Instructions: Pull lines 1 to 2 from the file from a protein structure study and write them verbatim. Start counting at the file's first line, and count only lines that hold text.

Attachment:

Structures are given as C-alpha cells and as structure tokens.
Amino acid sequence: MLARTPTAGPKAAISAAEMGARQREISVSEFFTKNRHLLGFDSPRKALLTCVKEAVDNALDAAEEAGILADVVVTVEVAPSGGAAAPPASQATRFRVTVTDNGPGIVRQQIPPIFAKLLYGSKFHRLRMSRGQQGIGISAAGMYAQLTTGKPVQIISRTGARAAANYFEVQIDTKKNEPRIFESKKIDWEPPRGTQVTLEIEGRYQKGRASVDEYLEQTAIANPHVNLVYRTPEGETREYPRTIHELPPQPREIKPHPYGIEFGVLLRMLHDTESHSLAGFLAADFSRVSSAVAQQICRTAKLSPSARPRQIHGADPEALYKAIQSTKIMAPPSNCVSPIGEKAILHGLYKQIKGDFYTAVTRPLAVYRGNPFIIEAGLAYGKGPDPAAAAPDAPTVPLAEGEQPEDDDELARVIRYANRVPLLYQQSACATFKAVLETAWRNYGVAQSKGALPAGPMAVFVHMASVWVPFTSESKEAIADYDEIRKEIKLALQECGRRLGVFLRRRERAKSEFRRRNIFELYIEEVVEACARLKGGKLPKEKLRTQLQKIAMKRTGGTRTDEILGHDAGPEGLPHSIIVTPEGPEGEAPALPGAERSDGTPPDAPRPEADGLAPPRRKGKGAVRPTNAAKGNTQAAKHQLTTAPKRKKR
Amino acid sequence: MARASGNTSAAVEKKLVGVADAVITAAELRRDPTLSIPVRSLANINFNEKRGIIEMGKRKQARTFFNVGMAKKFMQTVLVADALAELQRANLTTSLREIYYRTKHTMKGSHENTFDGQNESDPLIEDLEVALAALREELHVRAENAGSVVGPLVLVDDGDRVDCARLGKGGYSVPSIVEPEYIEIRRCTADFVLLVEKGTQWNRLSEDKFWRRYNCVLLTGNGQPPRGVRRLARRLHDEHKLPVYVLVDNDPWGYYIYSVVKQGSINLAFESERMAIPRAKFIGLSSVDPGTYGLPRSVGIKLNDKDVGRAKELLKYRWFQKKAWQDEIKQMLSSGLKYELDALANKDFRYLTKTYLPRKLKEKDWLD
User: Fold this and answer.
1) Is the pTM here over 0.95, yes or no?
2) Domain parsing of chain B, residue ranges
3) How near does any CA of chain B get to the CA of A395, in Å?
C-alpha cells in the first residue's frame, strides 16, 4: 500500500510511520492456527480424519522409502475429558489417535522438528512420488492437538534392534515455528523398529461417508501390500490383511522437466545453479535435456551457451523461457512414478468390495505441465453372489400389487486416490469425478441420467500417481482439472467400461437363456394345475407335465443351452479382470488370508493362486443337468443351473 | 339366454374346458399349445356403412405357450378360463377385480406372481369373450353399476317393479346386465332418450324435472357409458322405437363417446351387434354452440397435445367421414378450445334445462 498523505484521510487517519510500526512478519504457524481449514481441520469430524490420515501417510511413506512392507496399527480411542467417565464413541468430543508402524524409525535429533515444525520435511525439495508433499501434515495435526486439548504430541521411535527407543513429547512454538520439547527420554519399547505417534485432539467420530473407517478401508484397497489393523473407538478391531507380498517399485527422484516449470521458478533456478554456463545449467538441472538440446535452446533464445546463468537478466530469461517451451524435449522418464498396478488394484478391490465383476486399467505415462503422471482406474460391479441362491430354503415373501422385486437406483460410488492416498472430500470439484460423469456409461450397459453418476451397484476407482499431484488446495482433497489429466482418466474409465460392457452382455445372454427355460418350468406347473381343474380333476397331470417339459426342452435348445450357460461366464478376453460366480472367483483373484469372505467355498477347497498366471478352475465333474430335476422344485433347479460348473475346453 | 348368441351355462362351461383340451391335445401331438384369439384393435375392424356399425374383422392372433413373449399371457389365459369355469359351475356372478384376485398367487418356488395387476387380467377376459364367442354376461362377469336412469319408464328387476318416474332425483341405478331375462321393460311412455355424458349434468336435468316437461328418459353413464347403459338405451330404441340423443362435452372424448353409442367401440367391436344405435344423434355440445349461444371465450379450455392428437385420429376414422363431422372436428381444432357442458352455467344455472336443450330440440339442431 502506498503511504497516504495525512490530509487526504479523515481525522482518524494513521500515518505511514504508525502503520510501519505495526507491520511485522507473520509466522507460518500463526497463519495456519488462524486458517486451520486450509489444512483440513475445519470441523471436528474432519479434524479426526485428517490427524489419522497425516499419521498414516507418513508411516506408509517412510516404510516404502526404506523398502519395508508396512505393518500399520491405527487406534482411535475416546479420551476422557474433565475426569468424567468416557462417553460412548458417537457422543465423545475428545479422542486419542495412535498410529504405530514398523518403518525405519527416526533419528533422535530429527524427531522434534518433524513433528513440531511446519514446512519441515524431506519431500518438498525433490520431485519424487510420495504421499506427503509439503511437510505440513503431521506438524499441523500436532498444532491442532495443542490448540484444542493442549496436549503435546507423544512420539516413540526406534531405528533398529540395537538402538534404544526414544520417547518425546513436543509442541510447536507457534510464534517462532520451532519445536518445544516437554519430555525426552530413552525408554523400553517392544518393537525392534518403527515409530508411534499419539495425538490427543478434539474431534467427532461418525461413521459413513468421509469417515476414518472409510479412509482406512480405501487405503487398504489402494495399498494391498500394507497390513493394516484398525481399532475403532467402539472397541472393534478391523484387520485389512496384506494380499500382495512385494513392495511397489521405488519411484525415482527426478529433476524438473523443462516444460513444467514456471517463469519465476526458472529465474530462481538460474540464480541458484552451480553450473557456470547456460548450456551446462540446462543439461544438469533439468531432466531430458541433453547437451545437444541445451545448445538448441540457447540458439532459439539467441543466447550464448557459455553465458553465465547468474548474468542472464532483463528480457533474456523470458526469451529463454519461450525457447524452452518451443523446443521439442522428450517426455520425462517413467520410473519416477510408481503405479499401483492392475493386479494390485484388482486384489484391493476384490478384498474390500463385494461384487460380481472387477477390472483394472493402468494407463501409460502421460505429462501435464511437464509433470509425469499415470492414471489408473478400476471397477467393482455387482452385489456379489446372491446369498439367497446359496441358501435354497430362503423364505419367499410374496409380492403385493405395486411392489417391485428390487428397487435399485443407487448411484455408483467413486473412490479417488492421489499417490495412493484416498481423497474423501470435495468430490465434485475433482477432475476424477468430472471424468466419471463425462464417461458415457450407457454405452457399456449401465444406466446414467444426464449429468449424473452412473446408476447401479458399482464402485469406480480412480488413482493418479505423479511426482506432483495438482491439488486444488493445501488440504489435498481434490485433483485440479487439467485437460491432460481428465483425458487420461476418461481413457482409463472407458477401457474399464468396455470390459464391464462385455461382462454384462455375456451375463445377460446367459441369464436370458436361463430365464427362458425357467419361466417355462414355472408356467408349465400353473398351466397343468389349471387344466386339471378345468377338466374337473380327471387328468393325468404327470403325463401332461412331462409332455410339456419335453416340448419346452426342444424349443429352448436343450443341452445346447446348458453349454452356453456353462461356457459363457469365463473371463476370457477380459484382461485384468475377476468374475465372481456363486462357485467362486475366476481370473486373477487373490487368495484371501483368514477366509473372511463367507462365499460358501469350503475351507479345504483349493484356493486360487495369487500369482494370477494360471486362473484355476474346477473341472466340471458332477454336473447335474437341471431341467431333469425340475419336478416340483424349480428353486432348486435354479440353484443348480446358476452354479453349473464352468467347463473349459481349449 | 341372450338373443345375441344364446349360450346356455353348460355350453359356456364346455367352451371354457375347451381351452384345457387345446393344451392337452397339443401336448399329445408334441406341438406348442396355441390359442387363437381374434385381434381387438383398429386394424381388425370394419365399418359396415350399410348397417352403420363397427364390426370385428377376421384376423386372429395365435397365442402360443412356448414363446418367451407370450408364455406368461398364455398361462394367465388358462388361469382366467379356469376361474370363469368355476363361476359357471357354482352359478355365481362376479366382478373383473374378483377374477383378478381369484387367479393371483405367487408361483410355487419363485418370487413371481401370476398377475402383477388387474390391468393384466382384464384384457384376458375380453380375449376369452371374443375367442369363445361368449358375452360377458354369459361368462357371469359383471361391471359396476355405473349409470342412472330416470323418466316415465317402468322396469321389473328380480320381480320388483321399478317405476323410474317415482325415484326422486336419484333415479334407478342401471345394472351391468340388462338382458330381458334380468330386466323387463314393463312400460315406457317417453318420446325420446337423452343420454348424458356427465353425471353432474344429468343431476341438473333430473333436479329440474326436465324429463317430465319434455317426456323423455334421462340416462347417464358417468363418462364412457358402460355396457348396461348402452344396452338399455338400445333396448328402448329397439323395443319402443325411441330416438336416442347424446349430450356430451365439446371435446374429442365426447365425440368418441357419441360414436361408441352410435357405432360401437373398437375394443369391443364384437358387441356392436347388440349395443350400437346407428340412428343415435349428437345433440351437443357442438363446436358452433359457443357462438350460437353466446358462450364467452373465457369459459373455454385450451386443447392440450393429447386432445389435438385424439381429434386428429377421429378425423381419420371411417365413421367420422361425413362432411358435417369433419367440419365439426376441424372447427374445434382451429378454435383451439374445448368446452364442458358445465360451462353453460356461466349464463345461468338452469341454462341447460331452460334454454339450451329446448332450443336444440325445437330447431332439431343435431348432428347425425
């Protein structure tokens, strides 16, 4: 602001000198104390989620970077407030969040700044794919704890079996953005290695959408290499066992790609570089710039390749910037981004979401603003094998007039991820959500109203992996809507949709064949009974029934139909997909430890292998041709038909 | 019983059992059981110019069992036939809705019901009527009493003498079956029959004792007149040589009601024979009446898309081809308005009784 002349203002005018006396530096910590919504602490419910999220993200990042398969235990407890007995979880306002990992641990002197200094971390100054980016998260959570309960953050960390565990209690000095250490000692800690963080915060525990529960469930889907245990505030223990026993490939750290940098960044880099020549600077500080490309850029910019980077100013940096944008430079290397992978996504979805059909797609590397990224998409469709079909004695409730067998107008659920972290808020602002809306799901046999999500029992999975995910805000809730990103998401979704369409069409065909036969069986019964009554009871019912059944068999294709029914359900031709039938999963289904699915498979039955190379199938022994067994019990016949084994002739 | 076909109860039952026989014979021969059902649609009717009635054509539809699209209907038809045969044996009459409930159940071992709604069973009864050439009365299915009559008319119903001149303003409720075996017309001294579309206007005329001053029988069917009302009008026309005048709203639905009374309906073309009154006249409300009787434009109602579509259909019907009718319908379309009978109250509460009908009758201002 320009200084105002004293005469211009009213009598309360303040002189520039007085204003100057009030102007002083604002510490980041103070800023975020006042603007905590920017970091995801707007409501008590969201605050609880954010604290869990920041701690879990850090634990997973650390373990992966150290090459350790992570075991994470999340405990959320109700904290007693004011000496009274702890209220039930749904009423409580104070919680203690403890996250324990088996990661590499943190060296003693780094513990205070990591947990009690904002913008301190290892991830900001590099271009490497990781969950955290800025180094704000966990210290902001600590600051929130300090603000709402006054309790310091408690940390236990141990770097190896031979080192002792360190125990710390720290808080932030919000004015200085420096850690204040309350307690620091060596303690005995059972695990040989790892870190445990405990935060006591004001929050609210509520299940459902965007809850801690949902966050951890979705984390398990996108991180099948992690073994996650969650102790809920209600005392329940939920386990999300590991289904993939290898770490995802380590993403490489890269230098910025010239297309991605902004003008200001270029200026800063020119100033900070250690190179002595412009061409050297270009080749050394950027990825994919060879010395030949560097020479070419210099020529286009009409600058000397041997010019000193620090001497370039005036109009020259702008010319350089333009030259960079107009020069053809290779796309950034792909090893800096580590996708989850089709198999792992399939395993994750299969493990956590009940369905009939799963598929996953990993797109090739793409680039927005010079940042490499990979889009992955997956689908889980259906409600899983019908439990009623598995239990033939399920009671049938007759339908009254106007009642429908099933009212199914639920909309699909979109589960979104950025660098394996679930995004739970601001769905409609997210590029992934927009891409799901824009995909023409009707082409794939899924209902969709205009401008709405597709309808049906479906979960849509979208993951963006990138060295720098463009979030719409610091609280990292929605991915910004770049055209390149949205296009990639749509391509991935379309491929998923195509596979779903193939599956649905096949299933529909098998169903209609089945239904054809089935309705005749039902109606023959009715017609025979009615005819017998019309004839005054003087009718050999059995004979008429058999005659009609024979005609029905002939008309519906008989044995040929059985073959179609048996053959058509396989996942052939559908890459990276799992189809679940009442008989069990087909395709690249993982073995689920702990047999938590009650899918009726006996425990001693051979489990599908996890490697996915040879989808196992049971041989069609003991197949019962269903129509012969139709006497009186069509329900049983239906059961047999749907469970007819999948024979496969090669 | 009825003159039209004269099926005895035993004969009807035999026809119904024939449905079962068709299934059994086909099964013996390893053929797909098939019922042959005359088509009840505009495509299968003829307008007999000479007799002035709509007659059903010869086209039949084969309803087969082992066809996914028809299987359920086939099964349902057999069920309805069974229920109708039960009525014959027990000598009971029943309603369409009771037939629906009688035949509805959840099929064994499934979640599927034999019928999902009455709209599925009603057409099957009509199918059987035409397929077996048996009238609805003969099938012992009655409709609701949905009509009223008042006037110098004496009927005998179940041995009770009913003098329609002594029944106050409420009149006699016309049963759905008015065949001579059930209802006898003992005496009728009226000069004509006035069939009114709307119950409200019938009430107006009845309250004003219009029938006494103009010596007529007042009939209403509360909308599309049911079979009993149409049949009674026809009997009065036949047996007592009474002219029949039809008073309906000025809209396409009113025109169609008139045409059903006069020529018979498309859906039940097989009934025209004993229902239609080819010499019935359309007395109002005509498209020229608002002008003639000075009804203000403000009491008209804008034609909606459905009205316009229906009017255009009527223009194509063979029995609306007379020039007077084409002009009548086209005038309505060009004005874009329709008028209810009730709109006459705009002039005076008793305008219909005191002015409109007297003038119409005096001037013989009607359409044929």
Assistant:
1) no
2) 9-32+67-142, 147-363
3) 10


Structures are given as C-alpha cells and as structure tokens.
Amino acid sequence: MLARTPTAGPKAAISAAEMGARQREISVSEFFTKNRHLLGFDSPRKALLTCVKEAVDNALDAAEEAGILADVVVTVEVAPSGGAAAPPASQATRFRVTVTDNGPGIVRQQIPPIFAKLLYGSKFHRLRMSRGQQGIGISAAGMYAQLTTGKPVQIISRTGARAAANYFEVQIDTKKNEPRIFESKKIDWEPPRGTQVTLEIEGRYQKGRASVDEYLEQTAIANPHVNLVYRTPEGETREYPRTIHELPPQPREIKPHPYGIEFGVLLRMLHDTESHSLAGFLAADFSRVSSAVAQQICRTAKLSPSARPRQIHGADPEALYKAIQSTKIMAPPSNCVSPIGEKAILHGLYKQIKGDFYTAVTRPLAVYRGNPFIIEAGLAYGKGPDPAAAAPDAPTVPLAEGEQPEDDDELARVIRYANRVPLLYQQSACATFKAVLETAWRNYGVAQSKGALPAGPMAVFVHMASVWVPFTSESKEAIADYDEIRKEIKLALQECGRRLGVFLRRRERAKSEFRRRNIFELYIEEVVEACARLKGGKLPKEKLRTQLQKIAMKRTGGTRTDEILGHDAGPEGLPHSIIVTPEGPEGEAPALPGAERSDGTPPDAPRPEADGLAPPRRKGKGAVRPTNAAKGNTQAAKHQLTTAPKRKKR